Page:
What’s your principle?

12 May

I came across this brilliant talk by Brett Victor via Vinod’s blog and, like Vinod, I waited about a month to watch it. There were always to reasons to put it off, the primary one being that it’s just under an hour long, and I needed to find enough time to first stream it, and then watch it. Finally, after going back through my archaic list of things to do, I saw this and thought “ah, what the hell, I’ll never get it off my list if I don’t give it a go.” My one advice after watching it? Watch it. Watch it now. It’s amazingly worth it.

The talk touches on a range of principles, including but not limited to software development, engineering, artistic and problem solving. More than that though, it’s focuses on finding the right principle to guide your life.

So what’s your principle? More importantly (to me), what’s mine?

When I look back on all I’ve done, the roles I’ve played in life, and the driving factors of my decisions, my initial reaction is to say “oh, well I must like to solve problems”. Then I think of how I’ve never actually solved a rubiks cube – I’ve definitely tried, and I know there are plenty of sources to help me understand how to do it, but I tend to just give up instead. It just doesn’t interest me.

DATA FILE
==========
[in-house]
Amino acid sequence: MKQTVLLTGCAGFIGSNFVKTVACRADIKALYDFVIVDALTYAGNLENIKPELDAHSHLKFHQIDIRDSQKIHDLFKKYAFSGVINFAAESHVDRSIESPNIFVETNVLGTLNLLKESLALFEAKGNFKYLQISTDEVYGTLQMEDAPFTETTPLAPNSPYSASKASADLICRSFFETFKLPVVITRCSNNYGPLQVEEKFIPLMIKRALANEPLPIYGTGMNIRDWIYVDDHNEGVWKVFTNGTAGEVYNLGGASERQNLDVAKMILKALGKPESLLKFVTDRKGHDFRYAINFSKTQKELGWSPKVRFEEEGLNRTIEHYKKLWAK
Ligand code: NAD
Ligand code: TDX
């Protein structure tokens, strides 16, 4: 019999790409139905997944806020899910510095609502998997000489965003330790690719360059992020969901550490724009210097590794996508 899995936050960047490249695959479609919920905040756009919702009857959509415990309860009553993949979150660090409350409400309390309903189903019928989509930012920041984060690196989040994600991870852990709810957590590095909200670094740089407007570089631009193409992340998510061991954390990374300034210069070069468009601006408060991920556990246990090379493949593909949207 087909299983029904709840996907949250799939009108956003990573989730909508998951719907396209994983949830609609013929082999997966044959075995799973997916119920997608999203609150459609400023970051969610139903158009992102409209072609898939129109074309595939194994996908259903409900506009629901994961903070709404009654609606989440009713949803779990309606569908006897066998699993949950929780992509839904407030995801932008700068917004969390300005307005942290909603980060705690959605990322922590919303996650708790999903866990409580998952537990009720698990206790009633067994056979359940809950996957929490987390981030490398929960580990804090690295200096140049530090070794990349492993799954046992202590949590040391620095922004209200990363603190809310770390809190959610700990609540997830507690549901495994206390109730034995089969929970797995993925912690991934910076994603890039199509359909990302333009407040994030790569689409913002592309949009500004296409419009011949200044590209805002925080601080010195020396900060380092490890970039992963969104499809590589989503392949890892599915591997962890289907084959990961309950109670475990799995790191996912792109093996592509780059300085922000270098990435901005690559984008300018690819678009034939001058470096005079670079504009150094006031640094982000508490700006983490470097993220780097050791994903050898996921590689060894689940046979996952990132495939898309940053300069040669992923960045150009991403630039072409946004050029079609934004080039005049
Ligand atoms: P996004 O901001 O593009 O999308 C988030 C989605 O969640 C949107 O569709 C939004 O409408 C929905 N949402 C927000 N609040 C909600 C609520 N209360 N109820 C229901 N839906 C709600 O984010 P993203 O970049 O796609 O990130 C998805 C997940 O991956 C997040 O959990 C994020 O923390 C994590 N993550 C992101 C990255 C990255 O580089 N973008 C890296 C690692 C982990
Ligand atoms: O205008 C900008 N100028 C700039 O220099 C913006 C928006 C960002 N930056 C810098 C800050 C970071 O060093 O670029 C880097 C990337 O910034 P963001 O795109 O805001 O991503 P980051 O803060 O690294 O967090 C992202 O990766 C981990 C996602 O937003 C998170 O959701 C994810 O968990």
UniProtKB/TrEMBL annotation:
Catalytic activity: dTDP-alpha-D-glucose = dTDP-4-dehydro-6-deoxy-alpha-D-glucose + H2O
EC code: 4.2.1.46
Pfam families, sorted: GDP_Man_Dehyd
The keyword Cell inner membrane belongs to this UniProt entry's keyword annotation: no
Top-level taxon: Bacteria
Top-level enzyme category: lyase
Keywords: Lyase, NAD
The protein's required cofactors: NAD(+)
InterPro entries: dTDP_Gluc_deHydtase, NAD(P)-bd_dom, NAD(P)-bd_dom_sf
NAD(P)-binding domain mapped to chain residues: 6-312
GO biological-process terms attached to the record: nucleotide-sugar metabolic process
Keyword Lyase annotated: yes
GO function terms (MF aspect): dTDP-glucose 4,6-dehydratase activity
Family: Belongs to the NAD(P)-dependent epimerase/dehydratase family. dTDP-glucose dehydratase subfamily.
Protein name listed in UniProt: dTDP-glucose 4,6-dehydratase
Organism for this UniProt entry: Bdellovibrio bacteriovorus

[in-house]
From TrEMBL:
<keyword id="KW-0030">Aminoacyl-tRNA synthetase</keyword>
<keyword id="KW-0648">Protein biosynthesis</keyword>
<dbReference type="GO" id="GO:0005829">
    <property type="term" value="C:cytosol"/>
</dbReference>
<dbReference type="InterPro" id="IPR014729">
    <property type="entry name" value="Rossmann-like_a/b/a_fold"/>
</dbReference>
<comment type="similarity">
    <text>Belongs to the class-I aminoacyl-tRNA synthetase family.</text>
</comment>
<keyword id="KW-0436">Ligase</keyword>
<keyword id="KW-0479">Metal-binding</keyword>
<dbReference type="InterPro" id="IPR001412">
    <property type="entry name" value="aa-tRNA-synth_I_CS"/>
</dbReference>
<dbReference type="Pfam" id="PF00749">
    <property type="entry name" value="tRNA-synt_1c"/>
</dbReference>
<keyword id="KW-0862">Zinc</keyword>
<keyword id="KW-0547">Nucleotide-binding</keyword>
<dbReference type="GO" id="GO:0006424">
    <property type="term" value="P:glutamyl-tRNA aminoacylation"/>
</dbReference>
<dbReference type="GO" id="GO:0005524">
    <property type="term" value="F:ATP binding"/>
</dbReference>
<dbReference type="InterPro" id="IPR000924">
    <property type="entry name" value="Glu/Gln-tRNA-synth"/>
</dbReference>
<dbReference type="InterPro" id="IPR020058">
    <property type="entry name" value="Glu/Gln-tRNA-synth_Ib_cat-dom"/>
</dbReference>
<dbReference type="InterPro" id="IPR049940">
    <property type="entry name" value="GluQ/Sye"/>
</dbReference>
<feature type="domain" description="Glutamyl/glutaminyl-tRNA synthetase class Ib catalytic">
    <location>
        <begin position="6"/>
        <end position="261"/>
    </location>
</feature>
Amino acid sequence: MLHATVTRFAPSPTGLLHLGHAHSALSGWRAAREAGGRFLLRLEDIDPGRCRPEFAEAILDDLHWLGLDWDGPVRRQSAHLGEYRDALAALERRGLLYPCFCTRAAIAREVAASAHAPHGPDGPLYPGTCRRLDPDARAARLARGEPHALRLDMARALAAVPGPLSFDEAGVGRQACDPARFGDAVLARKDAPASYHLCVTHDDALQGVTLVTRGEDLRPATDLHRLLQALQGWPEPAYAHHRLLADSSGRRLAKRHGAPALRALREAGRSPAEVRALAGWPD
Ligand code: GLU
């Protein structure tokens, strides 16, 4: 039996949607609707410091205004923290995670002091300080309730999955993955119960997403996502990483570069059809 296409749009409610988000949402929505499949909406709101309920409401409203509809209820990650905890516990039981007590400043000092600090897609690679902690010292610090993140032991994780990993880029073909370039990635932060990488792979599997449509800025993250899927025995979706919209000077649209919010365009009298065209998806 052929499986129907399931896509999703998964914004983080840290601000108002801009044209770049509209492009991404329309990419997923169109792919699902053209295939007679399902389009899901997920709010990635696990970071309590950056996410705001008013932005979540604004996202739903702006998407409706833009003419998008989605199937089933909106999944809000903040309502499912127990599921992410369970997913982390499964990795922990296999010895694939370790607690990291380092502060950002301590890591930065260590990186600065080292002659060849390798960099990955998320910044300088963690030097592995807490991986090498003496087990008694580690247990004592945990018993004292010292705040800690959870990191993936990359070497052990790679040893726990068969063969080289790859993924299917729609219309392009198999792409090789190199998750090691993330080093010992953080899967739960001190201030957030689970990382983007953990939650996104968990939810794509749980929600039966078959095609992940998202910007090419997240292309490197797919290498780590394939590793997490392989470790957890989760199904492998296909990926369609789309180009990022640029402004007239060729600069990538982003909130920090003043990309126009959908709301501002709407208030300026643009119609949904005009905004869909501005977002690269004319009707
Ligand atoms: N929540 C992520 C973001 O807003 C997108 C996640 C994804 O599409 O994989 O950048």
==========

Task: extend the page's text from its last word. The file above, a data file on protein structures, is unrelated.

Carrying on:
“Oh, so maybe it’s because it’s been solved before, maybe I like to solve new problems?”. Then again, I do find important lessons in reinventing the wheel – I think it’s cool to be able to understand something, and then share it with other people.
“Ahh, people! I’ve always loved working with people but … only those who are open to learning”. Yes, I think now I’m onto something. I think my principle is to enable others to grow their own ideas. I’m not focused just on helping others learn, not really. What I am interested in helping people question themselves, their ideas, and inspire them to develop those ideas further.

So now that I’ve reflected on that, I think it’s safe to say that hearing about your principle is more important (to me), after all.


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